Trip 11: Hudson River, Manhattan

By Vladimir Brezina

George Washington Bridge on a winter day

Sunday, 27 February 2000

Launched at Dyckman Street around 10 a.m. First paddle since ice gone. Relatively mild winter day, but foggy, despite forecast, essentially all day. Brighter spots through the clouds now and then, but rather grey, and so a little cold, most of the time.

Paddled south under George Washington Bridge and along the Manhattan shoreline, with ebb current. Slight head wind (10 knots) and so some whitecaps. Later wind calmed down; in the afternoon completely calm.

Reached Downtown Boathouse around 11:30 a.m. Turned round and returned, dodging between the piers, against the current. Just south of Chelsea Piers sopke with paddler from there, Rufus, with all-new red Khatsalano and full high-tech equipment. Gave him my phone number: may go out with him and his group of Feathercrafters in future.

Lunch on the water in empty marina immediately adjacent to driving range at Chelsea Piers. Then continued north along Manhattan shoreline to 79th Street. now should have been strong flood current, but still slight ebb. Some weak flood current only much later, at peak of astronomical cycle, and in retrospect ebb current in the morning was much stronger than it should have been: presumably runoff and ice melting up the river.

From 79th Street crossed river and went up along New Jersey side. Under George Washington Bridge and back across to Dyckman Street. Started packing up the boat around 4 p.m.; now, of course, sun finally coming out, weakly.

(Note: Here we see more of the essential Vlad. First his characterization of a 10-kt wind as “slight”; most paddlers consider that substantial! Second is his joy in connecting with kindred spirits, along with his teasing characterization of the “high-tech equipment”. And finally, there’s his thoughtful analysis of the current; indeed in springtime (which was rapidly approaching) the runoff often cancels the flood entirely in the Hudson.)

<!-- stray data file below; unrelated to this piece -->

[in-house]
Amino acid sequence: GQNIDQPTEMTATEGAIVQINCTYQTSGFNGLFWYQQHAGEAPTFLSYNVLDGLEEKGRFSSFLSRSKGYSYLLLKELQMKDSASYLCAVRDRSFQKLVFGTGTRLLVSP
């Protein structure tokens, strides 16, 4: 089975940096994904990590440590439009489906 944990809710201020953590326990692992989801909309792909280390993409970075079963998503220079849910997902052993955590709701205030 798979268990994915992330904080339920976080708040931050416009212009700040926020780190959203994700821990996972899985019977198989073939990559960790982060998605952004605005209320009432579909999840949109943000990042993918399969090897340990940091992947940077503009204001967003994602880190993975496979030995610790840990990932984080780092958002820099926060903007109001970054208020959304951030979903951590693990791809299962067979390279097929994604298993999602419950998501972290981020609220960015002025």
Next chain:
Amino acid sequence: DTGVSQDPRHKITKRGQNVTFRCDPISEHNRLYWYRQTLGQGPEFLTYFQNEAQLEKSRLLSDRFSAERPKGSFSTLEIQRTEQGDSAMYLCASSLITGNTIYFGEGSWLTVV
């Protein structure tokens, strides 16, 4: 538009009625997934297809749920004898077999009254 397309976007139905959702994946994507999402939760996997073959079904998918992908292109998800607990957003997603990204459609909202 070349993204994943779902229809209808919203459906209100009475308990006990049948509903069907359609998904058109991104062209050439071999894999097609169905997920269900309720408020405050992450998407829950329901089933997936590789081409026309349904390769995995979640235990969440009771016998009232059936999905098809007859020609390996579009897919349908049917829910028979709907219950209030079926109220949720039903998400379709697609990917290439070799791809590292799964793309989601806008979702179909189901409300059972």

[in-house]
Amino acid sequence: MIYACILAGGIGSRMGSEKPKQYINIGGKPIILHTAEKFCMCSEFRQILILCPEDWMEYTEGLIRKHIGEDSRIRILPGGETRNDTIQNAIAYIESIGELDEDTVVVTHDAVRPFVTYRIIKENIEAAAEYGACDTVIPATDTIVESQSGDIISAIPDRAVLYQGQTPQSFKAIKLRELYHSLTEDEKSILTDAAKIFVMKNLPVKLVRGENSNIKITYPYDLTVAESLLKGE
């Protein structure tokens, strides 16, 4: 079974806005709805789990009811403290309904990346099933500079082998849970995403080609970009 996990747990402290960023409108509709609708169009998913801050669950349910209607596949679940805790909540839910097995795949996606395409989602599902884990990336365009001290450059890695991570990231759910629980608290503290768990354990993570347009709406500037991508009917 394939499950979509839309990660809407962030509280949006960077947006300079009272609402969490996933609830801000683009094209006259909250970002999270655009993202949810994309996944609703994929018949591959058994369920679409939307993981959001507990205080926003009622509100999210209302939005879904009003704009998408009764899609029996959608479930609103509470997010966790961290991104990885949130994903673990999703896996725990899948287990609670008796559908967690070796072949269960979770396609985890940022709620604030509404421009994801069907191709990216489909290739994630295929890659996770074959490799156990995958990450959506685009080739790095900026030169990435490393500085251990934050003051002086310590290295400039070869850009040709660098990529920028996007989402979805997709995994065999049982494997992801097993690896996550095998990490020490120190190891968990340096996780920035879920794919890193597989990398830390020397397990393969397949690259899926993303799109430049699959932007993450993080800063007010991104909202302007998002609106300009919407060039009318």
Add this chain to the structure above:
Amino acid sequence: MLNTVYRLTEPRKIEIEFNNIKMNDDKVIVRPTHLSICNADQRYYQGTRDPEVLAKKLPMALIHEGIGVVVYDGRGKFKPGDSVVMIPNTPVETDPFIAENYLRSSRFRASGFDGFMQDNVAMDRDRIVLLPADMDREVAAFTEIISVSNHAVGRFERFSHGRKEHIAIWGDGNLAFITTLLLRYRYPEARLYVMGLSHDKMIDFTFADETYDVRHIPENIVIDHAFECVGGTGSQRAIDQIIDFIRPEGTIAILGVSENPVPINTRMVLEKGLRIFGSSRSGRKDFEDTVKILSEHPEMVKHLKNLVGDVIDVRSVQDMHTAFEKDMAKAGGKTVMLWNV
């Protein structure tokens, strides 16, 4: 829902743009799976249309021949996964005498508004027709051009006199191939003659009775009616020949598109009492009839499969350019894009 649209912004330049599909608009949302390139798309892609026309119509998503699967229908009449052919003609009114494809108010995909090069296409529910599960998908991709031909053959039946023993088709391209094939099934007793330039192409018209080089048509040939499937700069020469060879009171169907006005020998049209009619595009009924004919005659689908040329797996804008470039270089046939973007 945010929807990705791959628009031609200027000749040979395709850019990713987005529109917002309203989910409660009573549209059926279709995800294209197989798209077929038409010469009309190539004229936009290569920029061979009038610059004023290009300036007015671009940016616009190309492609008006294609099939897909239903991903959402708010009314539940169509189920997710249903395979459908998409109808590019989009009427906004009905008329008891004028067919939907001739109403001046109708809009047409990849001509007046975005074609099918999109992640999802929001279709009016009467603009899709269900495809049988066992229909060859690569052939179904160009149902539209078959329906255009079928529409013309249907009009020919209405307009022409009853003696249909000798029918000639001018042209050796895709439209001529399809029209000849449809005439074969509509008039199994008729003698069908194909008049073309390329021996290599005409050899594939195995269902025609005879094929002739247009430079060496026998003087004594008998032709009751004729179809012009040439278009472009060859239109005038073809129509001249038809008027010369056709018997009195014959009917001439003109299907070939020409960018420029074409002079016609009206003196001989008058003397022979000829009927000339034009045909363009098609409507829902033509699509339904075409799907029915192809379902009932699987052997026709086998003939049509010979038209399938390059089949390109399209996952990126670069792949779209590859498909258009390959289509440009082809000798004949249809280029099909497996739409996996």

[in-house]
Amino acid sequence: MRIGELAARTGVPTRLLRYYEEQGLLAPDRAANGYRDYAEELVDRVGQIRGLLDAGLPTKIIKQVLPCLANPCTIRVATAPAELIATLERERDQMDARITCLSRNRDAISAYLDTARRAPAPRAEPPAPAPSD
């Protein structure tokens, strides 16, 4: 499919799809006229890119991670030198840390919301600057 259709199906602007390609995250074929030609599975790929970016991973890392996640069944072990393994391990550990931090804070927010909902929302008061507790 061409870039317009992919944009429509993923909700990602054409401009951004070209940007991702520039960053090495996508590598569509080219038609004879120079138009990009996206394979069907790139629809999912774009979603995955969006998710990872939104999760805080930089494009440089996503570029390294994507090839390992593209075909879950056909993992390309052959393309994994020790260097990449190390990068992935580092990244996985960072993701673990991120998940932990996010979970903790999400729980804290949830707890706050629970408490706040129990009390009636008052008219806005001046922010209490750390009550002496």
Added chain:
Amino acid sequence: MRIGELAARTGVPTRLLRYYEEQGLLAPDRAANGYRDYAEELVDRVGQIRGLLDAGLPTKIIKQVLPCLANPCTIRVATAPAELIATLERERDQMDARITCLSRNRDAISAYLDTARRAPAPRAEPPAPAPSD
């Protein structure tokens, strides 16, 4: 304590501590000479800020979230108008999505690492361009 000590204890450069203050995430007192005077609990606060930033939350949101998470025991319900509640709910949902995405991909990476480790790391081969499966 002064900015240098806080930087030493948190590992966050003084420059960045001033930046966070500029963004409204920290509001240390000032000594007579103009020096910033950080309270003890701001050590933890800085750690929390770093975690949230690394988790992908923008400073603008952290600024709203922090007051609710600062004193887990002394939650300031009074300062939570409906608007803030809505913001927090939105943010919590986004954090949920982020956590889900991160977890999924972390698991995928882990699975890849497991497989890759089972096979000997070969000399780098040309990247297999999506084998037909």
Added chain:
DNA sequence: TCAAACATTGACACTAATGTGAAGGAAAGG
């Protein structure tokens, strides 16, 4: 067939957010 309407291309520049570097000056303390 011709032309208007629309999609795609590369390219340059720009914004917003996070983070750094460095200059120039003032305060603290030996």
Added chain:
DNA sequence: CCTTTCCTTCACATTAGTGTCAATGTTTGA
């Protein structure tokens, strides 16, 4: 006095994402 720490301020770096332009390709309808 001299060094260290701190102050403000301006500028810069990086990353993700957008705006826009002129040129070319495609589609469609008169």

12 responses to “Trip 11: Hudson River, Manhattan

  1. I live in a tiny village in NW England. I have never visited USA. I am fascinated by Vlad’s descriptions of his kayaking in the middle of New York . I would never have guessed that this was done. All my “knowledge” of NEW YORK comes from what I’ve seen in TV shows. Thank you for keeping the his blog alive. 😊 Have a good week. 👍

    Liked by 2 people

  2. I wonder if he ever if he ever did connect with that Khatsolano Kid, or at least if that’s someone we know now. I’m impressed with his speed heading down. I think this post would finally put to rest that questions of whether runoff affects our tidal estuary!

    Liked by 1 person

    • Johna Till Johnson

      I don’t know, Julie, but we’ll find out :-). He recorded just under 300 trips, so if he did, it will be there. He only stopped once this blog was well underway…

      And agree on the runoff. I’m surprised that it hit so early in the season–I tend to hit it in March, April, and often May. May always surprises me, because I expect it to be DONE by then and it isn’t…


  3. Thank you so much for including well-known sights on the map so we can relate to his route! Hope your Autumn in New York will be lovely! xx

    Liked by 1 person

  4. I had some trouble commenting before – not your issue, but mine – so I’m back, and I just wanted to say it was interesting to me to learn that ice melting upriver could affect tides that much. And I too like seeing the maps, they make a difference. Hope you have a good weekend!

    Liked by 1 person

    • Johna Till Johnson

      Thanks! I had to figure out how to make them :-). If you look carefully you’ll see my learning process at work…

      Thanks again for reading and posting…


  5. Just catching up on email after being away for a few weeks. Thanks for posting, Johna!

    Liked by 1 person

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